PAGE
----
Retail Pricing Strategies in Flux as Economy Wilts
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Success in traditional retailing hinges on the ability to anticipate and shape trends, forecast demand and efficiently price goods. In the past couple of months, all three have gotten a lot harder than they already were, especially pricing.

After months of being nagged daily by creeping inflation —from the cost of bread to the price of gas— the consumer state of mind seems to have passed a tipping point.

The widely-followed University of Michigan Consumer Sentiment Index recently sank to its lowest level in more than a decade, at a time when conditions were arguably much worse.

The bottom line today: off price is now on target. That will mean different things for different brands.

For example, last December Bloomberg reported that Nordstrom was trying to figure out what to do with its floundering off-price business, Rack. Bring in experts to fix it? Spin it off into a separate business— essentially, make it an orphan?

Six months later, in a recent meeting with a group of retail industry consultants, CEO Erik Nordstrom was quoted as saying Rack is now the future of Nordstrom’s, and the company will be adding to its fleet of 250 Rack stores. Nordstrom said that in addition to advantages, such as click-and-collect locations, Rack stores introduce future Nordstrom’s customers to “coveted brands at great prices.”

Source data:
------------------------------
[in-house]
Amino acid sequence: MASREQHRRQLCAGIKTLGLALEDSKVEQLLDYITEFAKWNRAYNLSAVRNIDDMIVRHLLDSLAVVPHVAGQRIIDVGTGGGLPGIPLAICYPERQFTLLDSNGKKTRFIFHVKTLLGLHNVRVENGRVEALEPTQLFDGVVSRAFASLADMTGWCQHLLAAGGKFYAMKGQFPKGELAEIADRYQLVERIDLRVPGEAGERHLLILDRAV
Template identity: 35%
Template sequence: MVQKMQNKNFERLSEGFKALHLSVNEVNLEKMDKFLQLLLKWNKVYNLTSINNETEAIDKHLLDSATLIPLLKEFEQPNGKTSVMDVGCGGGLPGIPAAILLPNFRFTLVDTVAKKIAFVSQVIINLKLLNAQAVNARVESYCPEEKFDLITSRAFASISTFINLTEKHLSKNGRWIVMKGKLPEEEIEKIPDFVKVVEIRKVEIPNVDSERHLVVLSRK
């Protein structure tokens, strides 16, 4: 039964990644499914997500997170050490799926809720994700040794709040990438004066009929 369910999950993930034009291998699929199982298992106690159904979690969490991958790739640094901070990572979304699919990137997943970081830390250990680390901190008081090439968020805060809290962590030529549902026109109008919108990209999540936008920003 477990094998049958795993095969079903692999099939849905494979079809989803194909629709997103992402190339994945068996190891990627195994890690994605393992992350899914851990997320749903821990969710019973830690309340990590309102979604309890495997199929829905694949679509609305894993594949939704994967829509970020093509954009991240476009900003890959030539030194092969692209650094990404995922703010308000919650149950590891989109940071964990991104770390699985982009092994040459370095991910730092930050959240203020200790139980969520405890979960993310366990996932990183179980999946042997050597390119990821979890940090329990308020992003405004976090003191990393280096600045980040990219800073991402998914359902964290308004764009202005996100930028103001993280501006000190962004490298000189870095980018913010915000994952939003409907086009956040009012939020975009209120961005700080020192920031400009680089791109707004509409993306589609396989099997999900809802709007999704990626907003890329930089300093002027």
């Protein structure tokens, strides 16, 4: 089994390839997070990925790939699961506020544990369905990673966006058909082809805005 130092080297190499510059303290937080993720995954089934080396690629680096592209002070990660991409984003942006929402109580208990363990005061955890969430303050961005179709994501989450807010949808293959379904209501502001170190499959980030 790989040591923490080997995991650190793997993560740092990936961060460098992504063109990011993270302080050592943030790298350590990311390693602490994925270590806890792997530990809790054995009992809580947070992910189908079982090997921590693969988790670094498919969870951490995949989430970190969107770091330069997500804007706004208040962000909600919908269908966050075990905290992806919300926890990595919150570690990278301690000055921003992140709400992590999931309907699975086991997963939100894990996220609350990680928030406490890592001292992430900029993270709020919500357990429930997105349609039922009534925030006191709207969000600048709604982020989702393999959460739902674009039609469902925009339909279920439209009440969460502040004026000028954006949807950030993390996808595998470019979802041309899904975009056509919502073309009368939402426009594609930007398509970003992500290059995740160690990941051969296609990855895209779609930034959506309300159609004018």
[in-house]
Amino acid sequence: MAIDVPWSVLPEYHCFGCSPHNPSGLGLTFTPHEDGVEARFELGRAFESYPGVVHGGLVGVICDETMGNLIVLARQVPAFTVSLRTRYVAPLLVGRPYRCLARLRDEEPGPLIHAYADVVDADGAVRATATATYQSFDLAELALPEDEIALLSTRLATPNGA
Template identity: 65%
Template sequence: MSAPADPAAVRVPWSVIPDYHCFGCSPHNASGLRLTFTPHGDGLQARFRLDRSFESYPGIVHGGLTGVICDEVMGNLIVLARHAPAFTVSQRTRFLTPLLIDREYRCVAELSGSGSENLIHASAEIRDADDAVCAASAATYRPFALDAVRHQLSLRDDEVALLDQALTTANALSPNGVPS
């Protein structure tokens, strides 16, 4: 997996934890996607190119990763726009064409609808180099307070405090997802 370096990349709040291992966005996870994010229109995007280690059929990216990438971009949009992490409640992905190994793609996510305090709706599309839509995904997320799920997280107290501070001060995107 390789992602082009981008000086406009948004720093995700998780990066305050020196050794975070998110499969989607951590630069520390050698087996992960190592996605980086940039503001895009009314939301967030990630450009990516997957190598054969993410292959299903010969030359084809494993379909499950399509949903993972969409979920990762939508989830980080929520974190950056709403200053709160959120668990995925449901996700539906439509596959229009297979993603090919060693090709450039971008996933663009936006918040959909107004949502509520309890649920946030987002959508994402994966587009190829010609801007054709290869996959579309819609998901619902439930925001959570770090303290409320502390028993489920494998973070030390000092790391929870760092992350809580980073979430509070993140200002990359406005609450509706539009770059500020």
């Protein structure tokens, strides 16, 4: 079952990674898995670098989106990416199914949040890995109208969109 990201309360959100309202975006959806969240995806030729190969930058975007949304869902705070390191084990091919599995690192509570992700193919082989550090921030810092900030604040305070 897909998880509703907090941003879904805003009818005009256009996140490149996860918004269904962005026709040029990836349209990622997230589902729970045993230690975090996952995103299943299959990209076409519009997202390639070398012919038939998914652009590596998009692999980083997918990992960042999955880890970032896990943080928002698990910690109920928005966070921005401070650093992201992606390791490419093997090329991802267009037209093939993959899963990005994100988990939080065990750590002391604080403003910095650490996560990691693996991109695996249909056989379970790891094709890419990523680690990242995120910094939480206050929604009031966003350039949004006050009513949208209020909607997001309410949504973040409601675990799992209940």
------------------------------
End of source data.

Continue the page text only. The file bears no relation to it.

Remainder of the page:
At Urban Outfitters, the company is hunkering down on the cost side, among other tactics weeding out SKUs that generated low-quantity orders and were thus less profitable. Several big box chains have decided to bite the bullet, marking down and taking the losses on bloated inventories of an estimated $45 billion in excess and out-of-season goods.

But once companies have trimmed all the fat and fine-tuned their logistics, the challenge will be figuring out how to establish a pricing scheme during an economic downturn that’s competitive and still makes a profit.

The Internet and the pandemic have made consumers even more savvy about prices and reviews than they already were. Now that economic uncertainty is in the air, they are just about unanimous: 94% tell First Insight that they plan to reduce their spending. More than 40% of workers report they shop for deals more than they used to and stay within a budget, according to First Insight’s recent inflation report.

Consumers are bypassing more expensive organic grocery brands in favor of non-branded products. They are shifting down to lower-priced “house label” consumer goods, giving that category a boost. Along the way, sustainability is fading as a primary concern when making a purchase.

Price is center stage and is going to be there for a while. Leaders had better focus on finding a way to understand how customers are changing daily well into 2023.

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